Last week, at their annual meeting, the Ivy League’s eight head football coaches unanimously made an unprecedented decision to eliminate tackling from all regular season practices.
At this time, the vote only represents the opinion of the coaches, although one school’s athletic director and the director of the Ivy League and her staff did attend the meeting.
While still pending approval from the conference’s respective athletic directors and university presidents, Penn coach Ray Priore is confident that it will become league policy by next season.
“Why would they not want to endorse what we want to do?” Priore asked regarding endorsements from league officials. “It’s only making the game safer.”
Unfortunately Penn athletic director Grace Calhoun could not be reached for comment.
Assuming that Calhoun and the other ADs and presidents support it, the measure will be the most aggressive move to decrease the number of head injuries sustained by collegiate football players to date. As a result, it could not only change Ivy League football but send shockwaves throughout the NCAA.
The proposal would not affect current rules governing spring and preseason practices but would prevent programs from holding full-contact practices during the 10-week season.
That this move came from the Ivy League is no surprise. Teams are currently only allowed two full-contact practice a week while the NCAA-wide maximum is set at four.
Yet, despite the prior initiatives that the Ivy League has already undertaken, the news came as a surprise on Tuesday afternoon. When the New York Times broke the story, discussion of the vote had not yet hit the public or even every administrator within the Ivy League.
“It had nothing to do with anything in particular,” Priore said as to why the movement came now. “Only of ‘how do we move further based upon the knowledge and the data, that the amount of exposures that you get only can increase the possibilities of getting more concussions?”
In addition to not being triggered by a specific event, there had not even been extensive talks before the meeting about the proposal. It was simply one of the many suggestions coaches submitted and was near the top of the agenda, Priore explained.
However, considering the previous measures the league has taken for player safety, this was in many ways the next logical step.
“I think it’s going right along with where we were heading anyway,” Priore said of the proposal, “which is try to be as efficient, and smart by how we go and we set our plan for practices every day, every week, every month as we go through it.”
Within the Ivy League it has been Dartmouth — and Coach Buddy Teevens — who have led the charge for reducing players’ exposure to concussive and sub-concussive blows. Teevens eliminated full-contact practices for his team back in 2010 and has continued to do so ever since.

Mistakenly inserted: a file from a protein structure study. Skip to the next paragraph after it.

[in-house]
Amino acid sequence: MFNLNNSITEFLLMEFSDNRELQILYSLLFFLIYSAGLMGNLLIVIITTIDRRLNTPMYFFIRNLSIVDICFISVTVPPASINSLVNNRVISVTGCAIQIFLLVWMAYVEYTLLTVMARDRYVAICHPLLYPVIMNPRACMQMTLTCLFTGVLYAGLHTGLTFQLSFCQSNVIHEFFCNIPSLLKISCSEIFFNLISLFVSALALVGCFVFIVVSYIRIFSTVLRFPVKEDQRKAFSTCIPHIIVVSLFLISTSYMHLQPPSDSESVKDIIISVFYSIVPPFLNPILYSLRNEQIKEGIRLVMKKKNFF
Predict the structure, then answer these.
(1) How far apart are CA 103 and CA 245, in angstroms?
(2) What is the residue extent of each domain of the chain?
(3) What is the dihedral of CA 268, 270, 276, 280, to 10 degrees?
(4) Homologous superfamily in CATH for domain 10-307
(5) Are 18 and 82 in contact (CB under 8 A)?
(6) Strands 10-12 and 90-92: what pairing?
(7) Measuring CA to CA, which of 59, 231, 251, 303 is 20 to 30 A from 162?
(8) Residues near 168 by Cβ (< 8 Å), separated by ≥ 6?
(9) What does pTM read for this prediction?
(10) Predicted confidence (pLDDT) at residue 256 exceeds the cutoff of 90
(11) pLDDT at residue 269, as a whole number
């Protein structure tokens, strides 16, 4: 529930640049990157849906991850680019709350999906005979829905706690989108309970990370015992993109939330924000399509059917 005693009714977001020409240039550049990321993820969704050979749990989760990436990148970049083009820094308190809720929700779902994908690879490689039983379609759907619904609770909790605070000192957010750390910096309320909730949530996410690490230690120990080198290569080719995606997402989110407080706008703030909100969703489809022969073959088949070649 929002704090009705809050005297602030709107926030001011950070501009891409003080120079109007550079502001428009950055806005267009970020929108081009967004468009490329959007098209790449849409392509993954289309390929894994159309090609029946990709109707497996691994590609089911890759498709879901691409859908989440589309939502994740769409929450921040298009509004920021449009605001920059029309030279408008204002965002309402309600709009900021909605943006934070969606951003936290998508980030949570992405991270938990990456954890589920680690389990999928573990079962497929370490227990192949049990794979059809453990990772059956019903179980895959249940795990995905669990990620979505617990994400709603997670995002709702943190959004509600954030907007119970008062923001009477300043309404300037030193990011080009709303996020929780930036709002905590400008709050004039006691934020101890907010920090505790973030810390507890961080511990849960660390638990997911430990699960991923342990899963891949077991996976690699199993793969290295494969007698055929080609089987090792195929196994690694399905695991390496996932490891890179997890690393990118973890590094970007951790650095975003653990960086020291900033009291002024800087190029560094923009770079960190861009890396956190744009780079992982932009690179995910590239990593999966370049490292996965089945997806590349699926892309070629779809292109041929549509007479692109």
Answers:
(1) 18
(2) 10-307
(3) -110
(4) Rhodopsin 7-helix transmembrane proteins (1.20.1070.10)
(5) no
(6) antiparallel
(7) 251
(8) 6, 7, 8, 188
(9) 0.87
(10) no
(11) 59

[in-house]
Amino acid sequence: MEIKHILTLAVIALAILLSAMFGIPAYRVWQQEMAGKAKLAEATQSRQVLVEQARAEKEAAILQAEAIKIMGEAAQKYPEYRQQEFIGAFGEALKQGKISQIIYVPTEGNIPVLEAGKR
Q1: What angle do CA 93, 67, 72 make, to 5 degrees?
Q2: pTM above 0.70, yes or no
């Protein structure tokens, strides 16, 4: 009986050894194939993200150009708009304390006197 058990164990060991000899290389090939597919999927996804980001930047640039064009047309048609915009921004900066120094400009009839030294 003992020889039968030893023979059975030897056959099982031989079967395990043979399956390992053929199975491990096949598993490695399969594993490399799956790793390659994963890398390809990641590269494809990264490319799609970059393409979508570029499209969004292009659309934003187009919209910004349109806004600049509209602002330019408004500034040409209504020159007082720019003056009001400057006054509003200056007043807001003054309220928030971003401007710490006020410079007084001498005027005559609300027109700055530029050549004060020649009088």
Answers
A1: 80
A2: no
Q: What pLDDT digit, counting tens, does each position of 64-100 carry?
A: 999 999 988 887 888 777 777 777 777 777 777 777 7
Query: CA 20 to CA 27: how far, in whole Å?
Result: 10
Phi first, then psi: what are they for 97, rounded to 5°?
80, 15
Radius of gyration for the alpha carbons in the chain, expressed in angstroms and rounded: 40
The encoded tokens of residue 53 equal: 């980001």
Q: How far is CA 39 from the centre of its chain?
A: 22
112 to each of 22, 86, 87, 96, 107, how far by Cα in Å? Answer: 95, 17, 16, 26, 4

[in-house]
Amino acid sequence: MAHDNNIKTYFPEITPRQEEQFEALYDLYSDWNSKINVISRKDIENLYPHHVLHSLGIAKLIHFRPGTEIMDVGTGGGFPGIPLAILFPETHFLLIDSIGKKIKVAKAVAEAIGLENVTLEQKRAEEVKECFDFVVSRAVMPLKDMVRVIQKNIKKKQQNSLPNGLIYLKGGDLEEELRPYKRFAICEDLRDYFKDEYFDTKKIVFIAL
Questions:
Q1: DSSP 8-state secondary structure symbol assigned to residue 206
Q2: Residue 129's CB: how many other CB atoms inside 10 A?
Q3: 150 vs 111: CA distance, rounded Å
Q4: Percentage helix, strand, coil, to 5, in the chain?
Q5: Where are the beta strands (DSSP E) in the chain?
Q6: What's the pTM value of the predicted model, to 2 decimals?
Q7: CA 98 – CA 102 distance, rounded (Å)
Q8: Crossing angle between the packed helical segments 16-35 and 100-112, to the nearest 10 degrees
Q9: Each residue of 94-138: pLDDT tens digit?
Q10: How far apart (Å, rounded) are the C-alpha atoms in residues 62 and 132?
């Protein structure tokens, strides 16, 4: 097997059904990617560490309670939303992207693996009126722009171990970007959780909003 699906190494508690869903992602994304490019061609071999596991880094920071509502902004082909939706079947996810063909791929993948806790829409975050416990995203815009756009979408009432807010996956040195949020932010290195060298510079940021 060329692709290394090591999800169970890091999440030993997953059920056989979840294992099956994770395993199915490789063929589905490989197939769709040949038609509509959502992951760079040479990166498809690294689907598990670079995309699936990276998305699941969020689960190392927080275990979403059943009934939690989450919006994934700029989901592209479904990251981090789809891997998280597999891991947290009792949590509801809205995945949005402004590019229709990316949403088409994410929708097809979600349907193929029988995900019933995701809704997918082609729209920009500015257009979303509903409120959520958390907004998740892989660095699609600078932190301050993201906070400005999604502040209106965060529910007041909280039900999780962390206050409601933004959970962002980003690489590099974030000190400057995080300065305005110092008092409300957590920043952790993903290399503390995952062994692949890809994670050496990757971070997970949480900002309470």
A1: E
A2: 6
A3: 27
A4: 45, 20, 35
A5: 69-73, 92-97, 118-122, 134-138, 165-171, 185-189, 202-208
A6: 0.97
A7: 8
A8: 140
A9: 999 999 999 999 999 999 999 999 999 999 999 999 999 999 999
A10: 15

Teevens has fostered a relatively new-style approach that Priore and other coaches have followed.
“I hate the saying ‘there’s an old-school and a new-school about how to do things,’ but I do think there is a new way to practice on a day-to-day basis and still get those players to stay healthy,” Priore said.
We’ve changed dramatically since when I first got here and there was three sessions of practices a night and two weeks of straight doubles,” he went on to explain. “It was just different.”
Teevens’ model — as well as a joint study between the Ivy League and Big Ten conferences — was part of the inspiration for the decision. Previous aggressive policies have decreased concussions in the Ivy League. The goal of this proposal is to further reduce those numbers and protect the brains of the conference’s student-athletes.
Priore explained how instruction and coaching, in addition to legislation, have evolved within his program and the rest of the league. Penn now teaches tackling like Seattle Seahawks — and former USC — coach Pete Carroll.
“We’ve changed the way we tackle,” he said. “Pete Carroll has a whole narrative on a new way of tackling that’s basically a rugby-style tackling.
“It’s basically taking the head out of the game of tackling, which is very contradictory to old ways of teaching tackling.”
It’s clear how old-school coaches and players may be resistant to such a drastic change that challenges the very way they were taught to play the game. But, Priore ensures that the new method of tackling, coupled with the reduction in exposure to hits, not only makes the game safer, but does so without hindering performance.
“We have seen, just in our way of teaching, it has not made us any less productive on the football field by now,” the defending Ivy League champion coach emphasized.
Current college players are not the only athletes that Priore and the conference hope to affect.
“We as coaches have to go and do a good job of teaching and going out to the community, to the Pop Warner groups and the high school groups, passing down our knowledge that we get from the studies that we have,” he explained.
The Ivy League may not be the predominant power on the gridiron these days, but the way they play the game could still change the sport and improve players’ health in the process.
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